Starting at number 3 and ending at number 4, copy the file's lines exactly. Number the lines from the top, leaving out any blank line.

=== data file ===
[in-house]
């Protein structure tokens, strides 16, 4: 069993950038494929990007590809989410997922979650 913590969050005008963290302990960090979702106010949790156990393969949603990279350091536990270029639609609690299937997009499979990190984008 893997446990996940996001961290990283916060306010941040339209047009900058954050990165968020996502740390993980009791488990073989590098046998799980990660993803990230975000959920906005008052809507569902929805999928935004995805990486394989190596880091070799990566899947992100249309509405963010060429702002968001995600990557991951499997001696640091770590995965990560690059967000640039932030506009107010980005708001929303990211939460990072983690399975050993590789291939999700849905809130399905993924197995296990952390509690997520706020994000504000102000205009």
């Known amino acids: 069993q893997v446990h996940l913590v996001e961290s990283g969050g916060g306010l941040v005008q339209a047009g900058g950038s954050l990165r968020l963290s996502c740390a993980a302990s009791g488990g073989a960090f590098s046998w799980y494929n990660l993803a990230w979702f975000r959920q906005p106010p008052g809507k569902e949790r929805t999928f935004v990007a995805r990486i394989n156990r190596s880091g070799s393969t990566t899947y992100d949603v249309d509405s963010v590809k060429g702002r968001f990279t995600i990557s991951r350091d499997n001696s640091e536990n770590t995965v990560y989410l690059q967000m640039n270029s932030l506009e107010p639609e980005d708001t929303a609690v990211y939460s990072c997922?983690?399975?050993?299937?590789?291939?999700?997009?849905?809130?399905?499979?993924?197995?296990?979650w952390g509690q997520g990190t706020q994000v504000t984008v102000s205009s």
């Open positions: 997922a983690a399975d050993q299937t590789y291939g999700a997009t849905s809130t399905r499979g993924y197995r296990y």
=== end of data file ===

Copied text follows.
């Known amino acids: 069993q893997v446990h996940l913590v996001e961290s990283g969050g916060g306010l941040v005008q339209a047009g900058g950038s954050l990165r968020l963290s996502c740390a993980a302990s009791g488990g073989a960090f590098s046998w799980y494929n990660l993803a990230w979702f975000r959920q906005p106010p008052g809507k569902e949790r929805t999928f935004v990007a995805r990486i394989n156990r190596s880091g070799s393969t990566t899947y992100d949603v249309d509405s963010v590809k060429g702002r968001f990279t995600i990557s991951r350091d499997n001696s640091e536990n770590t995965v990560y989410l690059q967000m640039n270029s932030l506009e107010p639609e980005d708001t929303a609690v990211y939460s990072c997922?983690?399975?050993?299937?590789?291939?999700?997009?849905?809130?399905?499979?993924?197995?296990?979650w952390g509690q997520g990190t706020q994000v504000t984008v102000s205009s």
């Open positions: 997922a983690a399975d050993q299937t590789y291939g999700a997009t849905s809130t399905r499979g993924y197995r296990y």